In Havana, Cuba, around 500 people, including Palestinian expats, students, as well as locals, and government officials, gathered in a large government-owned community center to mark the 50th anniversary of the Palestinian Front for the Liberation of Palestine (PFLP). Mousa Solyman, the head of the PFLP in Cuba, told Mondoweiss that representing the group in Cuba was an experience like no other. “In the West it seems all aspects of the Palestinian struggle are illegal, not just the PFLP, any combative organization that supports Palestinian rights are considered terrorists, but in Cuba the government is always supporting us because our cause is justice, and living and working here, that support is felt everyday,” Solyman said.
Category Archives: Middle East
The New York Times has just enough coverage of the war crimes in Yemen, and US complicity in them, so it can say it covered the issue, but not enough to signal to readers that the issue matters. Meanwhile, a torrent of stories has convinced readers that Russiagate is the great issue of our time. For the educated liberal it is convenient to believe that whatever is really wrong can be identified with the Republican Party, so Russiagate is irresistible.
Think what you may of their incendiary words and actions, Donald Trump and Binyamin Netanyahu continue to give us a series of political and philosophical lessons. This past week, the theme of their pedagogy of oppression (to paraphrase the great Brazilian philosopher Paulo Freire, who coined the term the pedagogy of the oppressed) was neither Jerusalem nor the long-dead Israeli-Palestinian peace process nor, even, the meaning of international recognition and legitimacy. They taught us about the nature of facts.
On November 14 CNN shocked the world with its video news report of Black African migrants being sold into slavery in Libya. Eight days later the Rwandan government issued a press release headlined “Rwanda’s door is open for migrants held captive in Libya.” Rwandan President Paul Kagame is grandstanding on the world stage, but nothing could be further from the truth or more preposterous than his proposal. Ann Garrison and Bénédicte Kumbi Ndjoko give four reasons why.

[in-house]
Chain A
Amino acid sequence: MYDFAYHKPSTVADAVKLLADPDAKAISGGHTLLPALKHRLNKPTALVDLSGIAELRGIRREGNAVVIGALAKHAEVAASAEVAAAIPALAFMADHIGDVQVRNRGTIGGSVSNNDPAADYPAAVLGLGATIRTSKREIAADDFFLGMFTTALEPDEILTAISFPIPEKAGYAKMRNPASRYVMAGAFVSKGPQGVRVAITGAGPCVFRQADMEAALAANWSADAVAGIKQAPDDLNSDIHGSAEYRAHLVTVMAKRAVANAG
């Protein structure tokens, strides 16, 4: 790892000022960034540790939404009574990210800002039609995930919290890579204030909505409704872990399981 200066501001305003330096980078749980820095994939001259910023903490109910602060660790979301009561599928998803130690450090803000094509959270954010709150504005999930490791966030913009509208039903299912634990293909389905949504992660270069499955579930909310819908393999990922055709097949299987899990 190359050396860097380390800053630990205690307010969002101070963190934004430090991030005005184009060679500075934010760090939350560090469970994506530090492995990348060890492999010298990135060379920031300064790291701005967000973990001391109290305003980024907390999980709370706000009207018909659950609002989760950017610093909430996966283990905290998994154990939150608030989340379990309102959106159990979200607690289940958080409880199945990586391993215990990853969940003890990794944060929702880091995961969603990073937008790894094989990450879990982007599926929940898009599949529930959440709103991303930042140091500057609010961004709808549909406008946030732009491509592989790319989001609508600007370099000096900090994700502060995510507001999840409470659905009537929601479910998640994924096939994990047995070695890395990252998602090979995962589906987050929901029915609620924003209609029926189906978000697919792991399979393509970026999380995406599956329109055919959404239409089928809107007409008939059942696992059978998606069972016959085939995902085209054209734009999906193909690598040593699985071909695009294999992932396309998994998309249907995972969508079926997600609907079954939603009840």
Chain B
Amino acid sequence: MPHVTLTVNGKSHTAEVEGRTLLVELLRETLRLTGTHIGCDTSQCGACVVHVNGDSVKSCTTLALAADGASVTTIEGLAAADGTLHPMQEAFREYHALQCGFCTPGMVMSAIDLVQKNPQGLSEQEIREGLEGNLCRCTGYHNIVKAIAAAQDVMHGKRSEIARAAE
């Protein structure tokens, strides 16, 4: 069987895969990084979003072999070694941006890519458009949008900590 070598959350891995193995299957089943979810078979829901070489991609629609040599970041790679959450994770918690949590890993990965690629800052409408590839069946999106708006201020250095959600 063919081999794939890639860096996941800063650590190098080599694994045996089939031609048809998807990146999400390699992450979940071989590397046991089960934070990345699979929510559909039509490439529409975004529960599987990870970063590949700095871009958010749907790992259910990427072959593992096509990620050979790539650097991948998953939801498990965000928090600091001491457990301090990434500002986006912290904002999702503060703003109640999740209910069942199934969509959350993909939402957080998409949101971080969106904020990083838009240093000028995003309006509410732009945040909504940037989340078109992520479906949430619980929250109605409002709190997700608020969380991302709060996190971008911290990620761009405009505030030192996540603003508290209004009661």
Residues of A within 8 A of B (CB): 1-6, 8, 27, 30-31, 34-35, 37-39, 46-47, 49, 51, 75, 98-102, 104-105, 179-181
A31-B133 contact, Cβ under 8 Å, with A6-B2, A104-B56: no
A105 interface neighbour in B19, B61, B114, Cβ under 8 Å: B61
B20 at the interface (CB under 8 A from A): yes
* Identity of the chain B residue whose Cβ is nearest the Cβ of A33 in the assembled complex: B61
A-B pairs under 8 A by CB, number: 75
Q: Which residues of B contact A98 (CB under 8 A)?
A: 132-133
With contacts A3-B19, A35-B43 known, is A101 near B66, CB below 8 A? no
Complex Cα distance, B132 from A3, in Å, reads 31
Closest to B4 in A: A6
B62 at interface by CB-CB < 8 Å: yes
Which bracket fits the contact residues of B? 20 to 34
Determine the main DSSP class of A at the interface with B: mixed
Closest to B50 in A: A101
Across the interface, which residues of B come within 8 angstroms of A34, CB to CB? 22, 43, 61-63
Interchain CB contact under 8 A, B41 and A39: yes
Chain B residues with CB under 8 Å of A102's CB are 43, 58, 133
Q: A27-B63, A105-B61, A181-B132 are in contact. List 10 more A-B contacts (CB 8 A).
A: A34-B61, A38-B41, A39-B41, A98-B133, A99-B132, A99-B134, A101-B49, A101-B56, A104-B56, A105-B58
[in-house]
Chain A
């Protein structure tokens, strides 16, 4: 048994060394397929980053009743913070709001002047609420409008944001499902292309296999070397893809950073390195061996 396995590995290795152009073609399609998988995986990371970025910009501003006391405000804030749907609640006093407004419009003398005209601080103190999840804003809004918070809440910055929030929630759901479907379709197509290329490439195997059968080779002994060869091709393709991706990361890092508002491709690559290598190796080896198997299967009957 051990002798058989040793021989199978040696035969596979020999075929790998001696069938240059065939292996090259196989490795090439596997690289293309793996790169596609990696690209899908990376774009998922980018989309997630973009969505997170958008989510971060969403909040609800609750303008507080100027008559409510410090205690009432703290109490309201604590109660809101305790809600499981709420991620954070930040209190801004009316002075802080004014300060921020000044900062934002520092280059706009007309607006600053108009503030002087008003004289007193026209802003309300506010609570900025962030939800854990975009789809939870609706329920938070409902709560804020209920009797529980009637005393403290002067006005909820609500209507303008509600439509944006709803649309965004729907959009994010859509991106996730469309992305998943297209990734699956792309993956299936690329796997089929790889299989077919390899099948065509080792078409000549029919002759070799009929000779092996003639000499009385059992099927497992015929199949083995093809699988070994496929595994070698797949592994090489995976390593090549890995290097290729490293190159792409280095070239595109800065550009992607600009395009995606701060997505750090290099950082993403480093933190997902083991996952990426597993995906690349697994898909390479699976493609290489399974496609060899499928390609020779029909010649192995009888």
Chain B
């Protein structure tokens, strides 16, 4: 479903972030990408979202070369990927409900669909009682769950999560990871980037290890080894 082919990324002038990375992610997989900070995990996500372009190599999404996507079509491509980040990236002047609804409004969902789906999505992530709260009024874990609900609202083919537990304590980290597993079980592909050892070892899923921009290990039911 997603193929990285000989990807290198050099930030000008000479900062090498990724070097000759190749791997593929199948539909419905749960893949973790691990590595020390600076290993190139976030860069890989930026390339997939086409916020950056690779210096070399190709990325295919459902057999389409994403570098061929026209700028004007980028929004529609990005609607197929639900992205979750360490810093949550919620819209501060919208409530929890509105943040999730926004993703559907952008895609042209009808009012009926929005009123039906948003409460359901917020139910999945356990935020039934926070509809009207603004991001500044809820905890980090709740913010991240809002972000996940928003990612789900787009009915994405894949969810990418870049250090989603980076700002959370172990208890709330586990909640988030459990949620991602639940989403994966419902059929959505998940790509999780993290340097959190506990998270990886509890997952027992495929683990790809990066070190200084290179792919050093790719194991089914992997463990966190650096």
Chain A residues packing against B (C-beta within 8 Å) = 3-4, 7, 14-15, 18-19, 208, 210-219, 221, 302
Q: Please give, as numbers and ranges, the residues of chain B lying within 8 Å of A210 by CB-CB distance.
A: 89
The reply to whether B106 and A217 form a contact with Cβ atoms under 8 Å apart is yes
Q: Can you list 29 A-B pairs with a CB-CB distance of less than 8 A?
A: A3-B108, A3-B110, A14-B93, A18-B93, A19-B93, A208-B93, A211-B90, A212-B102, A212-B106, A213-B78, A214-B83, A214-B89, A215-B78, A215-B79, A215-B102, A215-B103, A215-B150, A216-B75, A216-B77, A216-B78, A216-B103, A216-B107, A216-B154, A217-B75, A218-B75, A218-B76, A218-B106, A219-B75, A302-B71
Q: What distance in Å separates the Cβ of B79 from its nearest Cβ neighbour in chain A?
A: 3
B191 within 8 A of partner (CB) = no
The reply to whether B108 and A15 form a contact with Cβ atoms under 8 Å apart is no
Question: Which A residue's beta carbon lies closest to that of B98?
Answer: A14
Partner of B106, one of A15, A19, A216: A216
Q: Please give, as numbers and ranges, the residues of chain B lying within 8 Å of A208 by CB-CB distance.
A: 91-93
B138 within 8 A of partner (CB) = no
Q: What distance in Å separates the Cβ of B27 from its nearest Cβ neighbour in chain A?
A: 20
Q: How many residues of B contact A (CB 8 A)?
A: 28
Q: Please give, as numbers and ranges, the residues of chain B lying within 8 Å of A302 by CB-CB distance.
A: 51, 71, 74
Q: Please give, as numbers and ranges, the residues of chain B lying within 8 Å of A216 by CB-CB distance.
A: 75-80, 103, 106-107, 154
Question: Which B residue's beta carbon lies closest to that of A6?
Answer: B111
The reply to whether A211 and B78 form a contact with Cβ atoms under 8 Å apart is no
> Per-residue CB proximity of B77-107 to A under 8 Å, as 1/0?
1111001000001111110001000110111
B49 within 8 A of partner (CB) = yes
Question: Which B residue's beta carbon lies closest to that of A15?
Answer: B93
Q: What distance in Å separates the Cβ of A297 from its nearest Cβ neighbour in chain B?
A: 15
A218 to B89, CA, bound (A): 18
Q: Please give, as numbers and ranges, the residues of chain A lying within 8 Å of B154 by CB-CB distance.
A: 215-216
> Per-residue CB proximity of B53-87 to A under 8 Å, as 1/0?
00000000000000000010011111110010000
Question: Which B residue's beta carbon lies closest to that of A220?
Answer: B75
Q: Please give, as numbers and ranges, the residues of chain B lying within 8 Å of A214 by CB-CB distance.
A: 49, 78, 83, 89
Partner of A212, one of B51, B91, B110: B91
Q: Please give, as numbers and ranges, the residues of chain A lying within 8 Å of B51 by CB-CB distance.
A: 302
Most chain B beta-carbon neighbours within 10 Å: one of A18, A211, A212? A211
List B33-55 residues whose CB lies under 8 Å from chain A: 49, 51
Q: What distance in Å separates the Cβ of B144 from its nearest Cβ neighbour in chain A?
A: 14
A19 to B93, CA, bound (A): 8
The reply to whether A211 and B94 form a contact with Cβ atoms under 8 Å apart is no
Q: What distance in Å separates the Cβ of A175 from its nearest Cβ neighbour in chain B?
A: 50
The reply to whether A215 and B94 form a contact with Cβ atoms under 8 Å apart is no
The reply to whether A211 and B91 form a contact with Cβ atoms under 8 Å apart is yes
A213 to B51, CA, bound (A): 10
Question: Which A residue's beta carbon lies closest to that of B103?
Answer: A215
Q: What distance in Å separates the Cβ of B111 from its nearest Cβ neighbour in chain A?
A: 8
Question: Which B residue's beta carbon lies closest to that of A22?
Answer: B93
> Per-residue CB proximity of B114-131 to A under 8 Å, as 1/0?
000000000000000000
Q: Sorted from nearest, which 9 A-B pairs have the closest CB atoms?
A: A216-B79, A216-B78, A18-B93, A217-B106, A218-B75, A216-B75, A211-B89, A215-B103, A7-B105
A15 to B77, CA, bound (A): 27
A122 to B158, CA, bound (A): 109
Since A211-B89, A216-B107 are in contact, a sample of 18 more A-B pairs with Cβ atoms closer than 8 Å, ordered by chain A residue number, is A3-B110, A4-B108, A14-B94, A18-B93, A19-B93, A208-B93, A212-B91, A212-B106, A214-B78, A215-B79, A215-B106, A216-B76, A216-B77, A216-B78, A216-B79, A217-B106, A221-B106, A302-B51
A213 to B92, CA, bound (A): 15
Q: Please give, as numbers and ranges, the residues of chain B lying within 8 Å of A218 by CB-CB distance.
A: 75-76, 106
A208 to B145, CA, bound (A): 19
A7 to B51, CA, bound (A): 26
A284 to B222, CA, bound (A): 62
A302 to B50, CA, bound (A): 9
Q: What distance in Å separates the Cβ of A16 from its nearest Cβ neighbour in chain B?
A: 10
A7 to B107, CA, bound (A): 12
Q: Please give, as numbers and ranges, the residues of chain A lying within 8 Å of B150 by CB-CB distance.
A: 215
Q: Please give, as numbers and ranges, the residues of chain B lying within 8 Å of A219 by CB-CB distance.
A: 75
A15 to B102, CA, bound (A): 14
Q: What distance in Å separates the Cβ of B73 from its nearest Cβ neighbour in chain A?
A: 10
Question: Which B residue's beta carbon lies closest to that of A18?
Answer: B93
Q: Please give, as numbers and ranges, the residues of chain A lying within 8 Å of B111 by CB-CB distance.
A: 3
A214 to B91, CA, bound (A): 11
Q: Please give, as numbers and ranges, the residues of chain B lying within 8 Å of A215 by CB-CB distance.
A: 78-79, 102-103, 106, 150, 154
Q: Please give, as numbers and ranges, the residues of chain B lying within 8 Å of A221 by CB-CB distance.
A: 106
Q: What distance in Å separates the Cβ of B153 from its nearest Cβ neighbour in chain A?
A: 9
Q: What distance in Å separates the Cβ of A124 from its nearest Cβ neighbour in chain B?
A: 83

Whilst condemnation is coming from around the world concerning Trump’s move to recognize Jerusalem as Israel’s capital and move the embassy there, Ehud Barak thinks it’s a non-issue. This is powerful evidence of the fact that Jewish Israeli society is fully behind the Zionist project of expansion and Palestinian removal, in violation of international law.
Yossi Gurvitz writes: “As these words are written, I have no idea just what sort of proclamation Trump will issue today regarding Jerusalem. But the signs are not good. My government is about to be given a surprise gift by Trump, and it does not care that dozens are likely to die.”
Continued threat of a wider war in the Mideast, after a bellicose speech by Benjamin Netanyahu that says Iran “has a “ruthless commitment to murdering Jews.”
There are ominous signs that Donald Trump, Benjamin Netanyahu and the Saudi Crown Prince are pushing for a wider war in the Mideast. In a dangerous escalation, Israel last night attacked an Iranian military base near Syria’s capital, Damascus, using both warplanes and surface-to-surface missiles.
The Mideast could soon explode in a wider war, as Trump, Netanyahu and the Saudi Crown Prince may be targeting Lebanon and, ultimately, Iran.
“Palestine is connected to Chile by waves of immigration, and with a Palestinian community that is large, influential and well-established. But it is also true that some members of this community, as others in Chile, were part of a struggle against a bloody dictatorship whose violence continues to affect many onto this day.”–Basil Farraj
“Suggesting, as the posters do, that Jews have been driven out of their land (like indigenous people) and have finally returned to Israel–a trajectory that all indigenous people should unite behind–is a crude and cynical manipulation of (Jewish) history and a vulgar fabrication that not only makes no sense, but is also offensive in its use and abuse of indigenous peoples’ histories of oppression,” writes professor Gil Hochberg.
Israeli leaders were not only contemplating ethnic cleansing, but also Genocide, according to declassified governmental minutes from 1967. Labor politicians were obsessed with the fear that the 1.4 million Palestinians in the territories they had seized would overwhelm the state’s Jewish majority one day. And these liberal Zionists encouraged the settlements, too.
Israel backed al-Qaeda and the Islamic State in Syria in an effort to weaken Bashar al-Assad and Iran. The effort has failed and now Israel and Saudi Arabia are turning their attention to Lebanon where two mysterious events over the past week indicate that Hezbollah may be in Israel’s sights.